Wednesday, March 09, 2011

Burundi: Returning to a normal life after war

Source: United Nations Development Programme (UNDP)

On some days Espérance Nibigira, who is 35 years old, wonders how she is going to find the energy to begin the day. A combatant in the north-west of Burundi during the civil war that raged between 1993 and 2005 and resulted in 300,000 victims, she suffered an accident on the battlefield that left her disabled and suffering from amnesia.

Having returned since 2009 to her village of Bwayi, in the province of Cibitoke, this widow and mother of three has tried gradually to return to a normal way of life but her physical and intellectual capacities have been undermined and the money that she was given on her demobilization has only enabled her to obtain essential goods. Unable to work in the fields so as to provide for her family´s needs, Espérance decided to join a community solidarity project that has been launched with assistance from the United Nations Development Programme (UNDP) and with the financial support of the Japanese government.

In order to facilitate their efforts to take their rightful place within society and the economy, 1200 women who were members of 60 associations in the provinces of Cibitoke, Bubanza and Bujumbura were given small herds to raise as a community. Goats, sheep, pigs and poultry were distributed to them in accordance with a system of rotation based on the mutual gift of livestock among beneficiaries.

Not having access to land and being ineligible for microcredit, Espérance is waiting impatiently, with the other participants of the community project, to receive her livestock animals. "I am hopeful that one day a project such as this one will rescue me from poverty. The 4 goats which I may be receiving will be a tremendous blessing for me," she says confidently.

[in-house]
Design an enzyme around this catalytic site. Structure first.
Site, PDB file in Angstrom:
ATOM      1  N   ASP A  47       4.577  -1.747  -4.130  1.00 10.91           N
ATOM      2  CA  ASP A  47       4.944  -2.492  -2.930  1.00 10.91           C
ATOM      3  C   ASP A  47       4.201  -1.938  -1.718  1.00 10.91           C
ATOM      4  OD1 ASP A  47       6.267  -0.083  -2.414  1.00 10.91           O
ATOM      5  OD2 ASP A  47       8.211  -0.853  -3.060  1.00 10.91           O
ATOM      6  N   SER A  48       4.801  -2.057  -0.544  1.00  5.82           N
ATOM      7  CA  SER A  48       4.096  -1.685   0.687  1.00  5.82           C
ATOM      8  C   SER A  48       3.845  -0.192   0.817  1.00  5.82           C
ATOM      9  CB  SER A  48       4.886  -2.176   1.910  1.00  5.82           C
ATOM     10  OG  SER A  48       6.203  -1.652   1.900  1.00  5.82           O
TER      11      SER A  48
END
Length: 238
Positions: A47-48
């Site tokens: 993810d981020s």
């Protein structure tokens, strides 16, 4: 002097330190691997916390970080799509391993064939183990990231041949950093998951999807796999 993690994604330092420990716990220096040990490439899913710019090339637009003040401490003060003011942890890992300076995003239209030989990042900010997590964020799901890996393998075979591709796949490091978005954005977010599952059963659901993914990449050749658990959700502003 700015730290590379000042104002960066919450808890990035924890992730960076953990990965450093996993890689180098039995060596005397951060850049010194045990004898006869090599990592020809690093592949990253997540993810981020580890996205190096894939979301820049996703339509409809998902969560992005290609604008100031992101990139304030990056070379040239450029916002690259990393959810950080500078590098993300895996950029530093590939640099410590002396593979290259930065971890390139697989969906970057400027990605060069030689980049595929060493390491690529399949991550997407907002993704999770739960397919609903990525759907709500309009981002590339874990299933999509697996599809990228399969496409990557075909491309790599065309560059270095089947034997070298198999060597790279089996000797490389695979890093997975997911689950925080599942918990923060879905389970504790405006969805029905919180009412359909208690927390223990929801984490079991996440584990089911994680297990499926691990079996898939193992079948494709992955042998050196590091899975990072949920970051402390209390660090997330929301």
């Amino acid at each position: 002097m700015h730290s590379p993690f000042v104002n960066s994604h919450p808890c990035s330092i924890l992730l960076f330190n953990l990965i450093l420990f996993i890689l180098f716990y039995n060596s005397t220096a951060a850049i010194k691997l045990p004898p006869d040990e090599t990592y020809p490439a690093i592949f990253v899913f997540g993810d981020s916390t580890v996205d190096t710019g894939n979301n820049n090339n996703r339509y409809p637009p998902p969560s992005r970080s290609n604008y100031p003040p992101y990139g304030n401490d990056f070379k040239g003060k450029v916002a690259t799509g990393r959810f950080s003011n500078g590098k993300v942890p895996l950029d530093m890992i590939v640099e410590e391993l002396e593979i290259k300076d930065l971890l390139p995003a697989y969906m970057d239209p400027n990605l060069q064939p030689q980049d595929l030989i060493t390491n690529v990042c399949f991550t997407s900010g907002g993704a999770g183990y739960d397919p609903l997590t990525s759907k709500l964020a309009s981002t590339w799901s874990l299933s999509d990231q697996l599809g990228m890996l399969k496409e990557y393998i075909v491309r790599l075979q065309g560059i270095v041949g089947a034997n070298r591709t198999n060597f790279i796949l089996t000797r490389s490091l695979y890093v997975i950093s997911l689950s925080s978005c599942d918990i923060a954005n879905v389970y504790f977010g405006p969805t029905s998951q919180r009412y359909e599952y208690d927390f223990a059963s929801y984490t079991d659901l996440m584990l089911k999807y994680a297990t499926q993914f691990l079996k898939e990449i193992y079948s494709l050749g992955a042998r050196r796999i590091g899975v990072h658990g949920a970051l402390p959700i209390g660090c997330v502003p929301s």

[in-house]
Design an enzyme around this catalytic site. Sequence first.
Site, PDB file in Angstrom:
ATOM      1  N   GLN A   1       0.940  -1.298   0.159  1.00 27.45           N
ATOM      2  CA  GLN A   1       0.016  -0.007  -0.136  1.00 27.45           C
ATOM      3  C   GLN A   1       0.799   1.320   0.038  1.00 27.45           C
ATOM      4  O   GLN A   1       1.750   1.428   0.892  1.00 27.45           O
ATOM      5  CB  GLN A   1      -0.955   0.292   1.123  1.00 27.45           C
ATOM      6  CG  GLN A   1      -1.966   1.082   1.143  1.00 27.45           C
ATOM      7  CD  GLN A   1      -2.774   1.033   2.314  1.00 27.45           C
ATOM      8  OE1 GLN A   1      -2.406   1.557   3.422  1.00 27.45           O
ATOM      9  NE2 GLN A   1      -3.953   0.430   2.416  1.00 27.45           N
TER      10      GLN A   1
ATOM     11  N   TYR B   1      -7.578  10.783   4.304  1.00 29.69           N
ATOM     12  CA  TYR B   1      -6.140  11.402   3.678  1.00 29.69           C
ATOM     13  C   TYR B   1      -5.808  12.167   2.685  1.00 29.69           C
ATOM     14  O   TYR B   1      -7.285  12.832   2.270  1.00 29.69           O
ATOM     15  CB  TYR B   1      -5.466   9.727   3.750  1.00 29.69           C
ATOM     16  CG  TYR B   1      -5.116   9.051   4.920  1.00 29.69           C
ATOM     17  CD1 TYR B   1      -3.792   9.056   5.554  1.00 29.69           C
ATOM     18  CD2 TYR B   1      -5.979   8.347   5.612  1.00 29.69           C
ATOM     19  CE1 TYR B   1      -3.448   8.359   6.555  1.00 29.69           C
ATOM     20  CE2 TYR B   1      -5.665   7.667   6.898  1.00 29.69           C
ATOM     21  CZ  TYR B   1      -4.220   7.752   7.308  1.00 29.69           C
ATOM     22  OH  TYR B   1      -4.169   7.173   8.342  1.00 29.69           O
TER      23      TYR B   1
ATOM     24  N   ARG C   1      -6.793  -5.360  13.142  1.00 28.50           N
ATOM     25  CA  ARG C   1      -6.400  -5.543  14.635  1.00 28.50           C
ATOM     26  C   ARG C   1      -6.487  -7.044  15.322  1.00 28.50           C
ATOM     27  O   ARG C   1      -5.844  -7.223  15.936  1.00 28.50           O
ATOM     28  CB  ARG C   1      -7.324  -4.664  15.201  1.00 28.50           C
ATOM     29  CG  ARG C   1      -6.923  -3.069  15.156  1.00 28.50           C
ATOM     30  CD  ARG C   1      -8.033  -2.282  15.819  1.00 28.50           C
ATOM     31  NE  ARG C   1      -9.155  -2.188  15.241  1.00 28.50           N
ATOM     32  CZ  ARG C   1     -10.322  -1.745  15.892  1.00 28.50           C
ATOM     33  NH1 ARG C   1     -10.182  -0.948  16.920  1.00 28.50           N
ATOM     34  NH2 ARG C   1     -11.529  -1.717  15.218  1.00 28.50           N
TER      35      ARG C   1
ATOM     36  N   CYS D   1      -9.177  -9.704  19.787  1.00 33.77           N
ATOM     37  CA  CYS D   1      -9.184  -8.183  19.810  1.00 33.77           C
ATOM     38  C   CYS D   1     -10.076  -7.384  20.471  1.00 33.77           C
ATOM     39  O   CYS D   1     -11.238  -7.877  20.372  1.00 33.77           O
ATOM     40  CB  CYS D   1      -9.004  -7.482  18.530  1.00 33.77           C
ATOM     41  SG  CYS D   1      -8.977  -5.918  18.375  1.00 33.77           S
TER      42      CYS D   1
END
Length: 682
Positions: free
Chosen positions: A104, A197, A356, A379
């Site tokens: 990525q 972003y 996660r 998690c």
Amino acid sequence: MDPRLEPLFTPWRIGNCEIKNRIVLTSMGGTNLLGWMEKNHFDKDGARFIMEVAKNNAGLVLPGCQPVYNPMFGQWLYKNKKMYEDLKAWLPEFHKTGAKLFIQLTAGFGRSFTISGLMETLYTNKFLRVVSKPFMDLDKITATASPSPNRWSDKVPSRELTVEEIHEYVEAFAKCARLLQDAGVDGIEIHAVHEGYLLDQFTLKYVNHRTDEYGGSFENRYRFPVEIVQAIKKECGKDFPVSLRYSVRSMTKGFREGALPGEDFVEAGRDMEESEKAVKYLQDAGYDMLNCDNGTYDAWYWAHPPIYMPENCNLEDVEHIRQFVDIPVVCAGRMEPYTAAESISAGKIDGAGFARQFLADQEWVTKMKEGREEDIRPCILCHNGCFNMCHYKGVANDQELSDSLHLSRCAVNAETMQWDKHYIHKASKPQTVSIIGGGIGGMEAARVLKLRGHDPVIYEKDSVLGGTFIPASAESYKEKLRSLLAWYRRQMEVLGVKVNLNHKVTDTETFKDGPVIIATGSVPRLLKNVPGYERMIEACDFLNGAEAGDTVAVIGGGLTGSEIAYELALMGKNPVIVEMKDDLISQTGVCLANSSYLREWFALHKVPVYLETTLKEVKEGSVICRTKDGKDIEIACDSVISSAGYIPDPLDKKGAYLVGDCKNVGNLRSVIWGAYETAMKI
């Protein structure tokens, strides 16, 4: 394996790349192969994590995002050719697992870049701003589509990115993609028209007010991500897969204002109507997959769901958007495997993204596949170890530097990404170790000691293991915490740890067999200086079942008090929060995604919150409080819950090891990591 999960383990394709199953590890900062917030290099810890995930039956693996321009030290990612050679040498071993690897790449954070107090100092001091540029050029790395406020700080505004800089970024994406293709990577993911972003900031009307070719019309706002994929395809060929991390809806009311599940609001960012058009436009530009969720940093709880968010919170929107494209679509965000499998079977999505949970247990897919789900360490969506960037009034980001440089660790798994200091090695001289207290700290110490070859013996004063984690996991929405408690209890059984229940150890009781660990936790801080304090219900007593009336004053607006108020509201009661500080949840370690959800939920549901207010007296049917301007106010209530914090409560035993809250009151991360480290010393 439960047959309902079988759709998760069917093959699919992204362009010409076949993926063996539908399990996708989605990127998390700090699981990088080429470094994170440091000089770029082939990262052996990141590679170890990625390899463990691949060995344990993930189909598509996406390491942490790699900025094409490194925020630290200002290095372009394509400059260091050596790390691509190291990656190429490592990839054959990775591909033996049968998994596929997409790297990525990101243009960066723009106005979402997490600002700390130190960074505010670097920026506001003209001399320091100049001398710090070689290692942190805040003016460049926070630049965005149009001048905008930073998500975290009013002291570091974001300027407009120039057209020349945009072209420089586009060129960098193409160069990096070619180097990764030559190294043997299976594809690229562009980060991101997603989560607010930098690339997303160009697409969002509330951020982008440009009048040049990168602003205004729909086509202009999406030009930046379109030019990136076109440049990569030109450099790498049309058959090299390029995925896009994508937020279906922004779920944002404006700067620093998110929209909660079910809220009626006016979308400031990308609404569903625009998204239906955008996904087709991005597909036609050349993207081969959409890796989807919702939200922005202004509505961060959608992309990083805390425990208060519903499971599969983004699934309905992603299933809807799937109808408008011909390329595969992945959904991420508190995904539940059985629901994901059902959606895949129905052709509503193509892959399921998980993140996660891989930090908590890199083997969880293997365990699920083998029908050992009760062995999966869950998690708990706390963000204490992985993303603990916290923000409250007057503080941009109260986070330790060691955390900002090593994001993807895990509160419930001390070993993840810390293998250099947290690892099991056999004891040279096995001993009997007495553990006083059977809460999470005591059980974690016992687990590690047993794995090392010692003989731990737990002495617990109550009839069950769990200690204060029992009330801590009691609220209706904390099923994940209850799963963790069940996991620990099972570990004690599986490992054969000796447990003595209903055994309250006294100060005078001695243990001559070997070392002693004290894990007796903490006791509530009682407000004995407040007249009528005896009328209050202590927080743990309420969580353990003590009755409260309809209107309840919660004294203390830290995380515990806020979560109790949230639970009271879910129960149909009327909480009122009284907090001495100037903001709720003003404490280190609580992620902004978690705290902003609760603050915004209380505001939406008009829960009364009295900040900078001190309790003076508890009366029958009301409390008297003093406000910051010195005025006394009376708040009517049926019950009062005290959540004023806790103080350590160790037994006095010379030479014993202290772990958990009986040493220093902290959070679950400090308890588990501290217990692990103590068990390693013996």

The project is aimed at strengthening access to food of sufficient quality and quantity yet is also intended to promote social cohesion among former combatants and the inhabitants of villages through training with regard to approaches and techniques for the raising of livestock, market gardening, in addition to the organization of workshops on group dynamics and conflict resolution.

The provincial governments will help the women's associations by providing them with land to raise their cattle. Other agencies, in charge of the communal development service, will supervise the women's efforts by monitoring the rate at which the livestock population increases. The provincial representative of the former combatants, Alphonse Zigaba, welcomes this initiative: "Women represent the cornerstone of the prosperity of the household. If women are provided with assistance, this will facilitate efforts to promote family development and all of society will benefit as a result."